Surgical resection is the preferred treatment for MPNs . As our case demonstrates, MPNs are prone to mechanical complications; these include ulceration and bleeding, obstruction, intussusception, and volvulus, manifestations that increase the risk of subsequent perforation . Mesenteric vessel encasement may also predispose to vascular and lymphatic obstruction, impaired gastrointestinal absorption and systemic manifestations such as failure to thrive in pediatric patients . Furthermore, transformation of plexiform neurofibromas (PNs) into malignant peripheral nerve-sheath tumor (MPNST) is a well-established complication contributing to significant mortality in this patient population . There are no characteristic clinical, laboratory, or imaging findings that distinguish PNs from other MPNSTs. Rather, distinction is solely based on pathologic examination of the specimen, in which benign PNs are diffusely positive for S-100 protein, whereas MPNSTs are negative or focally positive . However, imaging findings that may suggest malignant transformation include sudden enlargement of a previously stable mass, marked inhomogeneities in MR signal intensity, infiltrative margins, and irregular bone destruction . Therefore, in anticipation of these complications and malignant transformation, prophylactic surgical removal should be considered in asymptomatic NF1 patients with incidental findings that suggest MPNs on imaging.
Our case also highlights an important clinical aspect regarding the clinical history, progression, and eventual treatment of patients with MPNs. Slow, insidious tumor growth results in periods of asymptomatic clinical status, eventually followed by nonspecific signs and symptoms such as vague abdominal pain. As such, the resulting delay in diagnosis contribute to tumor growth with extensive internal organ involvement, and surgical options may be limited to partial resection and/or debulking in cases where surgery is still a viable treatment option. In our patient, complete resection was limited not only by the infiltrative nature of the tumor (preventing separation of tumor from bowel and mesentery), but also by the amount of bowel that could be resected without compromising digestive function due to a shortened digestive and absorptive surface area.
Several different atypical gastrointestinal presentations of NF1 have been previously reported on literature. Our literature review included querying the PubMed archive with combinations of the keywords “Neurofibromatosis Type I,” “pediatric,” “volvulus,” “mesenteric,” and “plexiform;” combining all these terms returned zero (0) results. Nonetheless, refining our search by omitting 1 or more of the above keywords, we found that our case is the second in which a plexiform mesenteric neurofibroma presented as a small-bowel volvulus . Given that our case report is the second instance in the literature in which mesenteric neurofibromatosis resulted in intestinal volvulization, this suggests that although rare, intestinal volvulus from disease burden is a distinct clinical complication of NF1 .
Furthermore, in contrast to other case reports, the etiologic source of the volvulus identified on imaging, and thereafter confirmed on pathologic examination of the specimen, enabled a retrospective diagnosis of NF1. It was only after radiologic diagnosis and confirmatory pathology that physical examination findings of classical skin manifestations of NF1 were retrospectively recognized, since the clinicians performing the physical examination at time of admission visualized and documented the patient’s café au lait spot, yet (understandably) failed to diagnose the patient with NF1 based on this single, isolated cutaneous finding.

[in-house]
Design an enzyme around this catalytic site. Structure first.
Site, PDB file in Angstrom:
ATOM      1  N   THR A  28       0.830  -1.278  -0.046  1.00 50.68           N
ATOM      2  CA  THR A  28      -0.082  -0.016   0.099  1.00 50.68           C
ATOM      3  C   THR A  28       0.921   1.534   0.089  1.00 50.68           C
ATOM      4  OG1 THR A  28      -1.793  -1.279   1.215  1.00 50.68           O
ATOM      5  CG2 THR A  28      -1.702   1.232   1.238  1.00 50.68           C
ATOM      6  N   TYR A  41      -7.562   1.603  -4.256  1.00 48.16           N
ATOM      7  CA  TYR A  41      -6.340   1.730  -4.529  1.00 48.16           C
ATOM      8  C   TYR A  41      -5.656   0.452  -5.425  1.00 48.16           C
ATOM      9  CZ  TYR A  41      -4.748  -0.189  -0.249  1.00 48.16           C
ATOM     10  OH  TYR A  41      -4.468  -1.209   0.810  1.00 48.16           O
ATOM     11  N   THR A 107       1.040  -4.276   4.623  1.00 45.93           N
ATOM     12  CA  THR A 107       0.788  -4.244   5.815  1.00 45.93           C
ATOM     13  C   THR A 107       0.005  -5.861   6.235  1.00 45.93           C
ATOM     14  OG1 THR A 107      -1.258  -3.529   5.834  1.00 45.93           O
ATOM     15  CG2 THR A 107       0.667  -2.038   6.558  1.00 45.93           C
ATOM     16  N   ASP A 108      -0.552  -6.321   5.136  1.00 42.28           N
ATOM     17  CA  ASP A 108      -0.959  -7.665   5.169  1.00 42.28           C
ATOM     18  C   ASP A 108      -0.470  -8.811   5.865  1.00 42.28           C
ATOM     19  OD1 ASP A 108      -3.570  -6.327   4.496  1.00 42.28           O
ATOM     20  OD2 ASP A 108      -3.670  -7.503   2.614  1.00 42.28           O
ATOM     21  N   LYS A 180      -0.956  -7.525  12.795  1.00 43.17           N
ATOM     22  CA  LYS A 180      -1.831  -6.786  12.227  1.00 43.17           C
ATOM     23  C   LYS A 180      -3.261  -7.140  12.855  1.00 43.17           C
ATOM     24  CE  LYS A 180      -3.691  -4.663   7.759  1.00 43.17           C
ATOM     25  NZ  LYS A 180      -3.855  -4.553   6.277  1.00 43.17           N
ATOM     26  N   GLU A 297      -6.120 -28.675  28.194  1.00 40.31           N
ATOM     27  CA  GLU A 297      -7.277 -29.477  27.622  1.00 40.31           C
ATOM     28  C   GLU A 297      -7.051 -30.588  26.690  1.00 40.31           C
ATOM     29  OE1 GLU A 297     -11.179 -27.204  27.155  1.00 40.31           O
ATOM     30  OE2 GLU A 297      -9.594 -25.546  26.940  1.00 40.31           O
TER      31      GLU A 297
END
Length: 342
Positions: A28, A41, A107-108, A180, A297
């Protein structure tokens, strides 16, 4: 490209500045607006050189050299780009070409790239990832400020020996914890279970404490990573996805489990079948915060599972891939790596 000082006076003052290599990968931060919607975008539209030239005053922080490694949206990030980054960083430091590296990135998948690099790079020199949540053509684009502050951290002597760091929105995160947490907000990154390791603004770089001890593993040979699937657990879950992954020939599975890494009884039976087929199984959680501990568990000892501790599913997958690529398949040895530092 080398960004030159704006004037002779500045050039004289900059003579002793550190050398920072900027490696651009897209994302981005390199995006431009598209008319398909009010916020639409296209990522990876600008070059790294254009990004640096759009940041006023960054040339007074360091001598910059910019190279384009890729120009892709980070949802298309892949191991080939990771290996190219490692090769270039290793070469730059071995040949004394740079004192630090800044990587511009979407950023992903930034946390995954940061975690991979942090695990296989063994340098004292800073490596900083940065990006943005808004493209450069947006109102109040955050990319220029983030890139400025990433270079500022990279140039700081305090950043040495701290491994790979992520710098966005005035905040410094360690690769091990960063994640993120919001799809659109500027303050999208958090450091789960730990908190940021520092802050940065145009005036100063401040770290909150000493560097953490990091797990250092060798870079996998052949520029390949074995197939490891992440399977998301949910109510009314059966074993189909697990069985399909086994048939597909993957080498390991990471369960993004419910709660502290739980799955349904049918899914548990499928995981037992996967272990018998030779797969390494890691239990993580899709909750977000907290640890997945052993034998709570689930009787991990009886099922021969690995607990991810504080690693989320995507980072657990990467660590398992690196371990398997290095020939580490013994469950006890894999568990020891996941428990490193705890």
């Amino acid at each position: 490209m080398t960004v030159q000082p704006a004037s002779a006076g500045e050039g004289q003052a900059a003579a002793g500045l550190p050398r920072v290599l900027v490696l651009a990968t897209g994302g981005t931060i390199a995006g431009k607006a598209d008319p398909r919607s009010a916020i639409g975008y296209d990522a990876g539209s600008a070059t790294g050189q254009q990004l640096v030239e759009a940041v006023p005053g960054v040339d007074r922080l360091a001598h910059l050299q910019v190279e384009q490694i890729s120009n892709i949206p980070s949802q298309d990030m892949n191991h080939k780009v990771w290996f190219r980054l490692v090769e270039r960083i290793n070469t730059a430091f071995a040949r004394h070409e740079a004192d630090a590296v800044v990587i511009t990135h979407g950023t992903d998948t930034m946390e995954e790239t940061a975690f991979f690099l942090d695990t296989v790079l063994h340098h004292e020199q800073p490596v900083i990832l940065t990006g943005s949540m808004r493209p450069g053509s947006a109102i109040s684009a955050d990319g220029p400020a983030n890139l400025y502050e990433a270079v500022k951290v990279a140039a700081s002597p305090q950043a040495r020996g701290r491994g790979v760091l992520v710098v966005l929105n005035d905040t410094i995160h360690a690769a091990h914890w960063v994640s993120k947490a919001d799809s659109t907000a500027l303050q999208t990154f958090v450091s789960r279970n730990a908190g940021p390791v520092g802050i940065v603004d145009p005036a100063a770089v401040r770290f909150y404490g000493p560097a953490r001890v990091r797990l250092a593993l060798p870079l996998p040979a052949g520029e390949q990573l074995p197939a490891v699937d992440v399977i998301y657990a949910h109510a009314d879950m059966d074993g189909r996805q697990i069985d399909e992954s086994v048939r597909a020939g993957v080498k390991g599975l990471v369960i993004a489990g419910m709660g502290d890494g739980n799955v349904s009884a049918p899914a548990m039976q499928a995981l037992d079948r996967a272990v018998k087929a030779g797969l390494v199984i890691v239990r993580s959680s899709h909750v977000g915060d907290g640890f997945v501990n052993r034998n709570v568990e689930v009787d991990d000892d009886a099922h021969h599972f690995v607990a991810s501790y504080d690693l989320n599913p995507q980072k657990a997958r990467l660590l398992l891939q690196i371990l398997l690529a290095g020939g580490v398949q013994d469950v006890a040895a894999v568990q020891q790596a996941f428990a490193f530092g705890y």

This case report presented a unique and uncommon initial presentation of NF1, specifically that of a partial small-bowel obstruction resulting from an incomplete ileal volvulus secondary to an underlying plexiform neurofibroma. We stress the importance of accurate, relevant history taking and physical examination in providing an accurate diagnosis. Finally, we propose that in patients presenting with a history of NF1 (or presumptive diagnosis of NF1) and with acute or chronic abdominal concerns, the diagnosis of mesenteric neurofibromatosis should be considered early, not only for treatment of the patient’s symptoms, but also to anticipate potentially morbid and/or fatal sequelae that at the time of this publication remain incompletely characterized in the literature.
FiguresFigure 1.. Our patient demonstrated the classic cutaneous finding of multiple café au lait spots, the largest along the dorsal surface of the right arm. Figure 2.. (A) Axial CT image at the level of the lower abdomen shows a swirling of the mesentery characteristic of volvulus alongside multiple soft-tissue density nodularities (arrowhead). (B) Coronal CT reconstruction demonstrates a large, confluent, nodular soft-tissue density mass involving a significant portion of mesentery (arrowhead) and encroaching upon the associated small bowel (star). Compare the appearance of the nodular mass with interspersed vessels to a portion of normal mesenteric fibroadipose tissue (arrow). (C, D) Axial images at the level of the pelvis shows nodular, thickened lumbosacral nerve roots (arrowheads). Figure 3.. (A) Exploratory laparotomy performed showed a confluent, nodular mesenteric mass involving the mesentery, extending to the mesenteric root and to the associated bowel. Note the typical “bag of worms” (arrowheads) appearance characteristic of a plexiform neurofibroma. (B) During exploratory laparotomy, 36 cm of small bowel were resected with its associated mesentery infiltrated by the mass. Arrowheads highlight the extent of the mesenteric mass. Figure 4.. (A) Plexiform neurofibroma showing thickened tortuous nerve branches with increased amount of myxoid matrix growing in between fibroadipose tissue. 40× magnification. (B) Plexiform neurofibroma (arrowhead) pushing against the muscularis externa of the intestine (arrow). Normal intestinal mucosa seen at top (star). 40× magnification. (C) At higher magnification, the tumor presents as intersecting bundles of Schwann cells with pink cytoplasm and wavy, hyperchromatic nuclei present in a background of myxoid stroma. 100× magnification.